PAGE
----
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November 2, 2015 | Yellow Peril

A best-selling Canadian author of 14 books on economic trends, real estate, the financial crisis, personal finance strategies, taxation and politics. Nationally-known speaker and lecturer on macroeconomics, the housing market and investment techniques. He is a licensed Investment Advisor with a fee-based, no-commission Toronto-based practice serving clients across Canada.


“Wrong again Garth.”  That was a refrain on this pathetic, mongrel blog yesterday, as all the xenophobes in VYR woke up to the latest yellow journalism of the local (dying) newspapers. “Your myopic politically correct thinking continues to blind you from the truth,” a fan wrote. “Those of us born and raised here have known the truth all along, but you’ll never admit you were wrong. You’ll just attack the methodology.”

What’s the big deal? What caused the Sun and the Province to turn over their front pages to a massive anti-Chinese assault? Here, look at this…

HAM 1 modified

And here’s the story. A local Dipper politician (David Eby) pulled land records for 172 sales in one small area of Vancouver (on the ultra-expensive Westside) and handed them over to a researcher for analysis. By the way, 172 sales represents 0.52% of the 33,116 residential properties that changed hands last year, and closer to 0.4% of the number expected to trade in 2015. In other words, it’s statistically meaningless.

But that never stops a good story. So Eby’s guy then looked at the names of the 172 buyers, screening them for ‘non-anglicized’ Chinese names, which is a racist little thing some people do in Vancouver to try and ferret out Asians who might be more Asian than the vast number of locals of Asian heritage. Of course just looking at names does not reveal if the buyers are Canadian citizens, landed immigrants, permanent residents or the children and spouses of people working abroad but investing here.

To David Eby’s shock and delight (the media now loves him) the researcher concluded 70% of the names looked like they belong to people from China. And to further rattle the city, it was revealed that 82% of the purchases involved mortgages – so obviously the banks have been in collusion with the billionaire communists. (Even though it kinda squelched the meme of  crooked Chinese investors arriving with bags of cash.)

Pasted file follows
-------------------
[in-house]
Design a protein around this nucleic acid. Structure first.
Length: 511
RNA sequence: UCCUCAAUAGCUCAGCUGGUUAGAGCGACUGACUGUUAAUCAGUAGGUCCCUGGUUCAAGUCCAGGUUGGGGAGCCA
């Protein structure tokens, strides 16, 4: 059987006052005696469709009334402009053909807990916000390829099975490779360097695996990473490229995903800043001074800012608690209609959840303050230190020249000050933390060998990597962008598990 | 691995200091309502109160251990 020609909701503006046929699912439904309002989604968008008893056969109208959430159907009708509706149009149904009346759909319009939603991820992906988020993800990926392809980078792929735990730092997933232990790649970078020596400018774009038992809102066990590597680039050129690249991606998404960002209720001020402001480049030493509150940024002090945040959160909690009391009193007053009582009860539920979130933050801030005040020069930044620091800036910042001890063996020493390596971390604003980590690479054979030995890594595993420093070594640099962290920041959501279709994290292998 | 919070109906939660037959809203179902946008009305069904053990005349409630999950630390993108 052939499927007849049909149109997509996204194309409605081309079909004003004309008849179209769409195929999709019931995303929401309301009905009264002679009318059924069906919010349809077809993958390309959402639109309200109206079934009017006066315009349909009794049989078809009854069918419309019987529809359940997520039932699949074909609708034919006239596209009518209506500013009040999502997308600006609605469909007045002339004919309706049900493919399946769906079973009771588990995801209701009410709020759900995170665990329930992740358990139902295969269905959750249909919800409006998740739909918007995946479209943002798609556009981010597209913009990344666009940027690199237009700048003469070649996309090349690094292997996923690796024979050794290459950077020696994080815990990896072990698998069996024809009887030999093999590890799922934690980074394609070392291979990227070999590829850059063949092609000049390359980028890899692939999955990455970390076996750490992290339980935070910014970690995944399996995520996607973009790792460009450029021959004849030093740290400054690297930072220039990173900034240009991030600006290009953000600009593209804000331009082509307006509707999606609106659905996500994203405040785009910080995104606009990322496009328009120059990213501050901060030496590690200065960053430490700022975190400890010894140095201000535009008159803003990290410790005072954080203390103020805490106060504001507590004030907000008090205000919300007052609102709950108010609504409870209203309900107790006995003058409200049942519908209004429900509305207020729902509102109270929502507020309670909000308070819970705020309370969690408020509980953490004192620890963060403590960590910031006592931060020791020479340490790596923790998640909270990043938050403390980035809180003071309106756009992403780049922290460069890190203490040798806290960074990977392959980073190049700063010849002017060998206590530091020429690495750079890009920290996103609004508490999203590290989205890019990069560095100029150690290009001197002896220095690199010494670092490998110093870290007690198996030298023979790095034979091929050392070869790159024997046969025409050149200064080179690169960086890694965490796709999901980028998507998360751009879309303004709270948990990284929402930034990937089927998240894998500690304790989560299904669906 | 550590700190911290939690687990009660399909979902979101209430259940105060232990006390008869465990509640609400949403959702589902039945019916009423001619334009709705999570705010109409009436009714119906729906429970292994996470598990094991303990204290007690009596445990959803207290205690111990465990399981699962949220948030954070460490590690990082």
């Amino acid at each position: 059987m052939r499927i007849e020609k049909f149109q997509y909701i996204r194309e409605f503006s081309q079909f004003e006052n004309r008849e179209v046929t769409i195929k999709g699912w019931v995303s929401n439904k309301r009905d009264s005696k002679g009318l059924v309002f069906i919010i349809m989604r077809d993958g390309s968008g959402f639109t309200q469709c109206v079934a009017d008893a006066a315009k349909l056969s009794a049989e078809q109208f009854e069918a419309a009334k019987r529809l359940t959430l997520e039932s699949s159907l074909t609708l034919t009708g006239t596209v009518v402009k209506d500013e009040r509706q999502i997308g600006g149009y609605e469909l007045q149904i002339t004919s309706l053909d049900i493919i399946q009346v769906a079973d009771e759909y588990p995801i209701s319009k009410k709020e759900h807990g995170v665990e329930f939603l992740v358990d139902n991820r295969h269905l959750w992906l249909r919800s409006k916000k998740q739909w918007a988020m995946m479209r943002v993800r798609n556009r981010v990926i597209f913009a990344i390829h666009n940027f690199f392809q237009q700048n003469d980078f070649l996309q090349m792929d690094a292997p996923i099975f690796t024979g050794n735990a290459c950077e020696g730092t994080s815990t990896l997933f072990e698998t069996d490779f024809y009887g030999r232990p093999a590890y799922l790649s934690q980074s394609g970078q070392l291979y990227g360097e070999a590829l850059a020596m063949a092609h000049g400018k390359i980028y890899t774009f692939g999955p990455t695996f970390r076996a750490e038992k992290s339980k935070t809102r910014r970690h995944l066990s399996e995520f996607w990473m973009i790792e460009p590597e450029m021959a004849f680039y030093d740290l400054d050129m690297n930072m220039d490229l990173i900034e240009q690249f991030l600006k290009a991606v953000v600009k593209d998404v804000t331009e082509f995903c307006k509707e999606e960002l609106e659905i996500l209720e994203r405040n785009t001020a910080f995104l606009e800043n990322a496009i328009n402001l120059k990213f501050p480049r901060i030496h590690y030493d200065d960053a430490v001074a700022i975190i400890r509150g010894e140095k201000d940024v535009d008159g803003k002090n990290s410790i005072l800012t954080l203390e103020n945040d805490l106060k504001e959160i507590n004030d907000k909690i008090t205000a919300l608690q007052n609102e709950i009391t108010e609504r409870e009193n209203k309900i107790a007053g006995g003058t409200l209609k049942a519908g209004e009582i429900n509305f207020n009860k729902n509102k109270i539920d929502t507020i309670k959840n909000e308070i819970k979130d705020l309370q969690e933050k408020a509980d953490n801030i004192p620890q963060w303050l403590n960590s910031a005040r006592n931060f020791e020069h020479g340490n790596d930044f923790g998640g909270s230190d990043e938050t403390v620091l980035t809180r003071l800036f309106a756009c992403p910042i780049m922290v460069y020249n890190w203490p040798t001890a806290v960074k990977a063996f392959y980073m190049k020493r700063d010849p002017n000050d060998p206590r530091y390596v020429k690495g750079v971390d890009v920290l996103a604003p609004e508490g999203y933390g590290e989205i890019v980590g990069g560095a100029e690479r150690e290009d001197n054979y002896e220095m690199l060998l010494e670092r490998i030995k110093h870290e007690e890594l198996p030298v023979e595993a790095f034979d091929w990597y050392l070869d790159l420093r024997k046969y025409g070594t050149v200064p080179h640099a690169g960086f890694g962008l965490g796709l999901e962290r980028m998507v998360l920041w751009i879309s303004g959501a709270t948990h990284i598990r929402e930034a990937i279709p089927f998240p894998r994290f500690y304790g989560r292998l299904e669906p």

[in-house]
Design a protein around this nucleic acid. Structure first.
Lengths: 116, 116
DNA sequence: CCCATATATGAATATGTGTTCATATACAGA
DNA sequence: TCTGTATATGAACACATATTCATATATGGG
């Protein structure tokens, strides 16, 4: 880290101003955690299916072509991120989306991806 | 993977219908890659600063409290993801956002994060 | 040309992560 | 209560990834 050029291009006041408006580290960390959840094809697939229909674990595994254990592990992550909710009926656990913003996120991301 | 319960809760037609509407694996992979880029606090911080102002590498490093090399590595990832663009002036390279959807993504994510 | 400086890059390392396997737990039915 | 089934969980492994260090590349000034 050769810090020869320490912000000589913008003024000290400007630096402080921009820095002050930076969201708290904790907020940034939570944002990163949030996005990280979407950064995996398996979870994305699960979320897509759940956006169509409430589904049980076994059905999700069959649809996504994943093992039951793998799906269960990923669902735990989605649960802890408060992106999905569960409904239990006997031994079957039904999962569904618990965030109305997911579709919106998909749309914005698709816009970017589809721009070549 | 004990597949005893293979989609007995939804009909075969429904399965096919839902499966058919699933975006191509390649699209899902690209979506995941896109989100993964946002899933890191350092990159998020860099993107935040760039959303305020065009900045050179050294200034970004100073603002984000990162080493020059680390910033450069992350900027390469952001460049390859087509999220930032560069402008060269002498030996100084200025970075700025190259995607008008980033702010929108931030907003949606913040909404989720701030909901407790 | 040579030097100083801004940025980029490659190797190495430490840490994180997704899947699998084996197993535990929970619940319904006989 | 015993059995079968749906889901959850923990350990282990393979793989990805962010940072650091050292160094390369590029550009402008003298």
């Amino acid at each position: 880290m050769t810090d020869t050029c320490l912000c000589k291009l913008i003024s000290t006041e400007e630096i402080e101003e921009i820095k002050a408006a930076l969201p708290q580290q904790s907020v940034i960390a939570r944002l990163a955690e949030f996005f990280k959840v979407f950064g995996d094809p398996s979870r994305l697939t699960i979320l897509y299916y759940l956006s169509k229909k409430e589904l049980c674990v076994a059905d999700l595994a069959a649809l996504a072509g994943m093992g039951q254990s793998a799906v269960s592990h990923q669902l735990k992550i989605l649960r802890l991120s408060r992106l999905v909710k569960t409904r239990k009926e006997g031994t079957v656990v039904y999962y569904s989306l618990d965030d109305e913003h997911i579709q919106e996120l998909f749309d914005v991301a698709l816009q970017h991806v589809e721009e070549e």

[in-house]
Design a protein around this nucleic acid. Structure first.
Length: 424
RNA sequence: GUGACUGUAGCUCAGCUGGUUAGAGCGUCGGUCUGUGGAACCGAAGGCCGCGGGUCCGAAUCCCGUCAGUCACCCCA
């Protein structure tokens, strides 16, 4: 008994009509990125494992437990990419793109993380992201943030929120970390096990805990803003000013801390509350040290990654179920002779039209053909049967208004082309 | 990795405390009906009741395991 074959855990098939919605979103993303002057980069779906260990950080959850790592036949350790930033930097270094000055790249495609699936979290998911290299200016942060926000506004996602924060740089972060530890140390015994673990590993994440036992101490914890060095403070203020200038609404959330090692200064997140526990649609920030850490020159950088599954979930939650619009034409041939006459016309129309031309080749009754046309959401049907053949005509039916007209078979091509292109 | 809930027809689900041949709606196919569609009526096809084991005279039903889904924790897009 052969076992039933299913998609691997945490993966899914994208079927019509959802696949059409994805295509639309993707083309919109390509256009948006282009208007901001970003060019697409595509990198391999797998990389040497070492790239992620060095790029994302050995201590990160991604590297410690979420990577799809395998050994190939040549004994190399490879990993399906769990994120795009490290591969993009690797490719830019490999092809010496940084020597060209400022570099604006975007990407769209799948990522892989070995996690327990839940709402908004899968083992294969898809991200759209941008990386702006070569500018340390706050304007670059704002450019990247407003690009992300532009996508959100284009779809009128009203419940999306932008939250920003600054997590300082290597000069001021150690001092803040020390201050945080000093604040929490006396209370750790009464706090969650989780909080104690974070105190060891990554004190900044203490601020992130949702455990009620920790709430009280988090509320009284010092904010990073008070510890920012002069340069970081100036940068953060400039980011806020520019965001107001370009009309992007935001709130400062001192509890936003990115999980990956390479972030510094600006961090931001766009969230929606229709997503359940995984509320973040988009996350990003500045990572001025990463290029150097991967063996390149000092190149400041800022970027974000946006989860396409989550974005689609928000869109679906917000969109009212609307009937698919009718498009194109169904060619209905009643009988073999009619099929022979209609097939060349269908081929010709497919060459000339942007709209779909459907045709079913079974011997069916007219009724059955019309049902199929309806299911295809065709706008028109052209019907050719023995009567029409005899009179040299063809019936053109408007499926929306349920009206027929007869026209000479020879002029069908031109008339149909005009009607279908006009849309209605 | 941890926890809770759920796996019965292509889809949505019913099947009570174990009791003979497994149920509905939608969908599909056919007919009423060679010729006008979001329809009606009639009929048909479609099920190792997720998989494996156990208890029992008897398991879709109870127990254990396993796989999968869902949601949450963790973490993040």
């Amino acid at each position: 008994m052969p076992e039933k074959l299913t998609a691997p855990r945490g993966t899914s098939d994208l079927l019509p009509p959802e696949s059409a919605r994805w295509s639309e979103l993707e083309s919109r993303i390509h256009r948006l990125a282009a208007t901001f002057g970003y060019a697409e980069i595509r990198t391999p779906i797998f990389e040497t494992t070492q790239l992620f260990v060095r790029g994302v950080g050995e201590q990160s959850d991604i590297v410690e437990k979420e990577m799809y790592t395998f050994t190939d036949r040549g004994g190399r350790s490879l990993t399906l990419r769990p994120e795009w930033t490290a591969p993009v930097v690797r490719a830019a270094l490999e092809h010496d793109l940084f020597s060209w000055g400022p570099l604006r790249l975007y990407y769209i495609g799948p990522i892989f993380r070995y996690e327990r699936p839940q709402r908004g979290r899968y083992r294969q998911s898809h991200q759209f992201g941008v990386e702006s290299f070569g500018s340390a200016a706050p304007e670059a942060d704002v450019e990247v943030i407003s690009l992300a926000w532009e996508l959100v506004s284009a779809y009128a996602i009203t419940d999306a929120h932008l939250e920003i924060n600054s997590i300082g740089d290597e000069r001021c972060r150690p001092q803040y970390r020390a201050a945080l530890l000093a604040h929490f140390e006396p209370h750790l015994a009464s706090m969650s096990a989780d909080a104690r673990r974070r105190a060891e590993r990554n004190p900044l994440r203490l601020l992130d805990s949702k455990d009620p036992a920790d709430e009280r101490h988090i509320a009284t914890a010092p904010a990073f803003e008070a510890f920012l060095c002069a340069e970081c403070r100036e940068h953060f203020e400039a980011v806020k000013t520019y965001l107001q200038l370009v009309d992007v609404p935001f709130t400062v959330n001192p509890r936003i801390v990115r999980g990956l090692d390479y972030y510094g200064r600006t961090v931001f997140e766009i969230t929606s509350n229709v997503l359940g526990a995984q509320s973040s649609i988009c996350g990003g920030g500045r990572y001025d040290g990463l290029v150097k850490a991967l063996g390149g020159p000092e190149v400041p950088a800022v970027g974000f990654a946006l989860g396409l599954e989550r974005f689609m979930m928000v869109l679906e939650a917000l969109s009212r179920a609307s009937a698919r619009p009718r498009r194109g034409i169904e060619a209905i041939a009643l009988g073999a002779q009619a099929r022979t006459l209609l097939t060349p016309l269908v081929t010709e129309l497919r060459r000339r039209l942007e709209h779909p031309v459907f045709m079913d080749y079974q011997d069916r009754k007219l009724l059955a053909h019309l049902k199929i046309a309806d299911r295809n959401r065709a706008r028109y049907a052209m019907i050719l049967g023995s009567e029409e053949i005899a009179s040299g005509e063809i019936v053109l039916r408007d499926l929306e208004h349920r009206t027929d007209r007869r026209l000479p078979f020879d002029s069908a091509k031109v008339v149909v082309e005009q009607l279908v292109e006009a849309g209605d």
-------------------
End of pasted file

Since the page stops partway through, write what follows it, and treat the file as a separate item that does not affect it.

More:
To recap: an analysis of a handful of sales in one area very popular with Asian buyers, representing one half of one per cent of all Vancouver sales, found seven in 10 have names that might suggest they’re possibly from China, but could actually be Canadian residents or citizens. Wow. Front-page stuff. But it didn’t stop there. Dig this bit of reportage from one of the biggest China-bating media outlets in Canada, the Globe and Mail:

“Mr. Yan (the researcher) acknowledged he could only deduce that buyers were purchasing with money from mainland China. But, he argued, it’s not much of a leap, considering the median income for 25- to 55-year-olds with bachelor degrees in Vancouver is $41,981. Those dependent on the local job market couldn’t compete.”

The average price for a detached property on the Westide of Vancouver – where the richest of the rich have always made a home (like Toronto’s Bridle Path or Montreal’s Westmount) is $2.8 million. Does anyone expect a person with a ‘median income’ and a BA to be in the market for a house like that? Or that a mansion-buyer would actually ‘have a job’ as opposed to being a business owner, entrepreneur or beneficiary of old stock money?

WESTSIDE modified

Well, the feeding frenzy continued Monday.

“Unless somebody tells me that it’s suddenly possible to make a ton of money selling cellphones at Parker Place Mall in Richmond,” Mr. Yan said, erasing any lingering and generous doubt that he’s an idiot, “this situation is problematic for locals.”

At this point it’s worth recalling that when looking at the market as a whole – not 172 sales in a particular hood – the BC Real Estate Association has said foreign buyers account for about 5% of deals, with the locals chiming in for the other 95%. The Van real estate board itself puts the number at 4% (I published its stats here a few weeks ago). The BC government agrees with this assessment. And across the ditch the Victoria board lists offshore buyers at 1.6% of total sales.

Now, in fairness, the argument supporting the view that this small group has screwed things for everyone has some validity. It goes like this: when foreigners buy expensive digs it makes everybody spend more money in a ‘trickle-down’ effect that ends up jacking the prices for crap houses on the downtrodden east side to over a million. Then you get whiny moist Millennials having sad rallies and sending out #donthave1million Tweets, cries for politicians at all levels to ‘do something’ about the barbarians at the gate and reporters cruising around Dunbar looking for yellow dudes in shiny suits.

Why would reasonable, normal, employed middle class people actually care about fools buying $5 million houses over in the most affluent part of town? Because, if they own real estate, it might make theirs worth more. Because, if they don’t, they want someone to blame. Because, if they sell it, they want buyer panic. Because, if they finance it, they score. Because, if they write about it, they matter.

Vancouver’s a great city, working tirelessly to be otherwise.

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November 2nd, 2015

Posted In: The Greater Fool

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